Dysfunction Junction chronicles the most forlorn, baffling, and wonderful crossroads of our fair city. Ben Ball is a transportation nerd in his spare time. He lives in LeDroit Park. Ben previously wrote about Dave Thomas Circle.
If this intersection is the beating heart of Columbia Heights, I’d say we’re heading for some sort of cardiac arrest. The lovely plaza, complete with splash fountain for the kiddies, is a marvelous public space. Surrounding it, however, is one of the most congested places for people and vehicles I can think of.
It is not easy to get through this area in a car. The herringbone street pattern of northern Columbia Heights (a legacy of poor planning in the early part of the previous century) is a big part of the problem. But in 2010, DDOT made it worse by redoing the traffic pattern at this intersection, where one of the few westward passages in the area crosses a major north-south corridor.
In the interests of “traffic calming”, DDOT altered the lane which allowed drivers heading southbound on 14th St to easily make a right turn onto Park Road. Now traffic is so calm that it’s fallen asleep. Just two years after DDOT worked its magic, a Metro study of the 50 buses found that traffic near 14th and Park averages less than ten miles per hour at all times of day. The study didn’t mention that the bus stop is part of the problem – buses frequently hang across both lanes, taking out both lanes of traffic in the process.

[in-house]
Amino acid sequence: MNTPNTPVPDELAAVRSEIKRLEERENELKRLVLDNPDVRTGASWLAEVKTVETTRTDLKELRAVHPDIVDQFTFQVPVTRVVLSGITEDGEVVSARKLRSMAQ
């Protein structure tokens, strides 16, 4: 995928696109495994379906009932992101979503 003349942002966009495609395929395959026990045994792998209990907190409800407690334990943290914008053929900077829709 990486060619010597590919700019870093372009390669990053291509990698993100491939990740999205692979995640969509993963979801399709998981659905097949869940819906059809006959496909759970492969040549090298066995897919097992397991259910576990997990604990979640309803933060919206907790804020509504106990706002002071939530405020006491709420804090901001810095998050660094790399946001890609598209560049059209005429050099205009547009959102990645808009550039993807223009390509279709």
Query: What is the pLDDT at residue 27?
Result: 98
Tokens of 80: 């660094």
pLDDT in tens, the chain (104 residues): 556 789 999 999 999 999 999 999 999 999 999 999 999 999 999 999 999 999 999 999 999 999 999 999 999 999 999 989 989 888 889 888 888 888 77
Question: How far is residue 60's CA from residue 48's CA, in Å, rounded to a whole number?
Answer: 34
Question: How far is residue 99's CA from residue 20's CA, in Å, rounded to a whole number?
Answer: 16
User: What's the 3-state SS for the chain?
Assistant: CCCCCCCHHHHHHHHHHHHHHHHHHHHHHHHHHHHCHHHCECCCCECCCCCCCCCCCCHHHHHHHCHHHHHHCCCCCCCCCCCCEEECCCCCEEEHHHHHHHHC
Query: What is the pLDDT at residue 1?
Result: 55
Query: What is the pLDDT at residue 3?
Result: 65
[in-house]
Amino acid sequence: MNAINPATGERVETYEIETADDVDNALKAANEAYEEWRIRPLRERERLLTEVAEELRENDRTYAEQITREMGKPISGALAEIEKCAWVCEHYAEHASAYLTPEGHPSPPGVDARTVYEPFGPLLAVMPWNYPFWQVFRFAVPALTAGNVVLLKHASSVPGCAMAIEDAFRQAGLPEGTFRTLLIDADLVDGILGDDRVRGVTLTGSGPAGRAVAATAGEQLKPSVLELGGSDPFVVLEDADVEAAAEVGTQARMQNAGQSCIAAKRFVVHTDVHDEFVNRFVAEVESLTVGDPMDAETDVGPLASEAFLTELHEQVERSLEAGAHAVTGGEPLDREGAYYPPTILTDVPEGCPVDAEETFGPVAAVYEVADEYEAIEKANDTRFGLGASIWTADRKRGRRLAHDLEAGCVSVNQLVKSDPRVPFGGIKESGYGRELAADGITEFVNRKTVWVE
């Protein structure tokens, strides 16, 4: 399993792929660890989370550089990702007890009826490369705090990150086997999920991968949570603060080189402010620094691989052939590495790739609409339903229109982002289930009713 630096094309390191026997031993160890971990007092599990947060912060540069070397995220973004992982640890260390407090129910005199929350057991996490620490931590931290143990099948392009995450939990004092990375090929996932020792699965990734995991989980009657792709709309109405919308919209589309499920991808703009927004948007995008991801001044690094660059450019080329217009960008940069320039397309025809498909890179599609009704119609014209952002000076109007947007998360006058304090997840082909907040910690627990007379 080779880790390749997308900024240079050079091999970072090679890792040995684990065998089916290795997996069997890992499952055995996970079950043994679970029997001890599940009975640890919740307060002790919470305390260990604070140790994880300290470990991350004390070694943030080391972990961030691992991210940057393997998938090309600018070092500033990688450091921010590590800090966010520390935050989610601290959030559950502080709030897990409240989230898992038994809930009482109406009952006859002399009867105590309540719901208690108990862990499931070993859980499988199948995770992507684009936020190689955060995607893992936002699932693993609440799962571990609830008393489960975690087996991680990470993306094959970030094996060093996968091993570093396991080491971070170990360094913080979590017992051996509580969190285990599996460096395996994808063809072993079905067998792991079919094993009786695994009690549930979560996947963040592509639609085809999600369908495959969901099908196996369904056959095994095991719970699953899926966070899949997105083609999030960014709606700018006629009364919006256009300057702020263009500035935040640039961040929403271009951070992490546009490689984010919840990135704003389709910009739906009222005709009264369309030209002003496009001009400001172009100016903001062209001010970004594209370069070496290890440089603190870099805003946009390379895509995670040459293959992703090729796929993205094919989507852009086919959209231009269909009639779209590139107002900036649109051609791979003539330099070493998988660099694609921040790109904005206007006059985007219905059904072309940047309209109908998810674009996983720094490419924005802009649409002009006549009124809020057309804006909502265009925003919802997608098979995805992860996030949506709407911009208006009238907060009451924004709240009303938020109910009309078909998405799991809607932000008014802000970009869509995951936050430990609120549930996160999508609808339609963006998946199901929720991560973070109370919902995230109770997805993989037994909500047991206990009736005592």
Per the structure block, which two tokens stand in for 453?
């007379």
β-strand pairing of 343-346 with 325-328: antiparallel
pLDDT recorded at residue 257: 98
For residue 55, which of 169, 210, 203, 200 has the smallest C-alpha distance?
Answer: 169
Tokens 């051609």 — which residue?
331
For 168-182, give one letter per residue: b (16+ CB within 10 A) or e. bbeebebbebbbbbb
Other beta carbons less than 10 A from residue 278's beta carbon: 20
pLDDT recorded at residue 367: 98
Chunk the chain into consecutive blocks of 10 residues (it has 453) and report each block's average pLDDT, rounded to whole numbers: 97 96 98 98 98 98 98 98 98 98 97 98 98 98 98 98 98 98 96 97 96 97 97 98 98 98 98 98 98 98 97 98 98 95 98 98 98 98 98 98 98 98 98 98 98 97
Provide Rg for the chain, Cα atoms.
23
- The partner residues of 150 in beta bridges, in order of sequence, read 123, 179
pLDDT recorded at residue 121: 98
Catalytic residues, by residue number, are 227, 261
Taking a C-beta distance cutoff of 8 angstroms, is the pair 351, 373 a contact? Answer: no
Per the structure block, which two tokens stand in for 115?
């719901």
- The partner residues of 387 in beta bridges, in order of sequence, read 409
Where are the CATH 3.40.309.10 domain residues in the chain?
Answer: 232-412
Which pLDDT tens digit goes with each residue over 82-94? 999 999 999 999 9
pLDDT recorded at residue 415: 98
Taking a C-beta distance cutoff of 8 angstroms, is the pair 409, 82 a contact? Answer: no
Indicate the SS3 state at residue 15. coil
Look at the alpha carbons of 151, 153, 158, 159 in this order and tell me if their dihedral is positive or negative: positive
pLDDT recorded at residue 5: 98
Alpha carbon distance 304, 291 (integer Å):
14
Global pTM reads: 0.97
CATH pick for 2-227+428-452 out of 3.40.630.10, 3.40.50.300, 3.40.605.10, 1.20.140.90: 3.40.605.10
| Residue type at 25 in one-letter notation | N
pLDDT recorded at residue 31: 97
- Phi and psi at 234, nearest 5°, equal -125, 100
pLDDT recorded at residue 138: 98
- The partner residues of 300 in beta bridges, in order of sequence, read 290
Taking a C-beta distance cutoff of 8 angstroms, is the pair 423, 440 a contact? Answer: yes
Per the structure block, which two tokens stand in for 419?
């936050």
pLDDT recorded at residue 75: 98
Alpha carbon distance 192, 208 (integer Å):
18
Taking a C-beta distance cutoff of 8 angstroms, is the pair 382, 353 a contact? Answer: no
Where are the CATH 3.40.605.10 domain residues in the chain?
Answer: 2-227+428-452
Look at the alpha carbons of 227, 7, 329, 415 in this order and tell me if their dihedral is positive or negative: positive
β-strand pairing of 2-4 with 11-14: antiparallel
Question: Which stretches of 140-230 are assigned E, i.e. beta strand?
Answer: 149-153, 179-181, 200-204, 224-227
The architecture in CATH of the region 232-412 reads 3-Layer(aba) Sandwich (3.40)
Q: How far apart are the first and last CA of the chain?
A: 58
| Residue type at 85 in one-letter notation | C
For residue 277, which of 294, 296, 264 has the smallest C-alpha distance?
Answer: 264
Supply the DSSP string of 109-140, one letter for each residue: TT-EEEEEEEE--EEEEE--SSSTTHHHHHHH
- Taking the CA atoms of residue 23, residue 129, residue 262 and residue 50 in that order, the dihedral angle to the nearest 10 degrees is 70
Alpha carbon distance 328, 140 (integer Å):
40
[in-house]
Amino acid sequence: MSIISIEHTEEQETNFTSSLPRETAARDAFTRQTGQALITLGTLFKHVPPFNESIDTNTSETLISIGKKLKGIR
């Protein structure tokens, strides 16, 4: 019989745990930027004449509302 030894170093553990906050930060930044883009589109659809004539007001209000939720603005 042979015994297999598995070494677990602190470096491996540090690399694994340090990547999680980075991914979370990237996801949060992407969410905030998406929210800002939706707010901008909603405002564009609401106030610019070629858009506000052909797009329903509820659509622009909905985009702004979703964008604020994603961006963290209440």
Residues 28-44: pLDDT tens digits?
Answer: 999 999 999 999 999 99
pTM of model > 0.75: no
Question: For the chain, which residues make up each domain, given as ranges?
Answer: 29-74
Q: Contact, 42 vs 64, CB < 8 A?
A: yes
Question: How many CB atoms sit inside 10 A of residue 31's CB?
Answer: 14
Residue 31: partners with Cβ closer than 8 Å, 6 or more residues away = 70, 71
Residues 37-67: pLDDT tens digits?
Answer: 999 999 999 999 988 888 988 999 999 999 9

Continues after the jump.
Another issue is that the traffic signals are terribly mis-timed, particularly for pedestrians. More from that Metrobus study: “Jaywalking [across 14th St] is a problem frequently observed at this intersection.” I admit to being part of the problem here, mostly because the signals leave long stretches of inactivity where no cars are moving through the intersection and pedestrians are waiting to cross.
Why are the signals so off? My theory is that left turns are the problem. Giving drivers the option to turn left from Kenyon onto 14th or from 14th onto Park is what makes this intersection too complicated to manage – there are simply too many options. If drivers were only allowed to pass straight through the intersection, the signal times would be a more straight-forward proposition.
One more thing: this whole area has more pedestrians than cars. Even the wide sidewalks in front of DC USA are often impossible to navigate due to the crush of people. (The sidewalk vendors who set up shop here don’t help – I’m looking at you, purveyors of “essential” oils, flowers, and schlocky art.) It’s time to recognize that maintaining the flow of pedestrians through this area is just as important (if not more so) than maintaining the flow of vehicles. Maybe we need a follow up ballad on this from some neighborhood troubadors?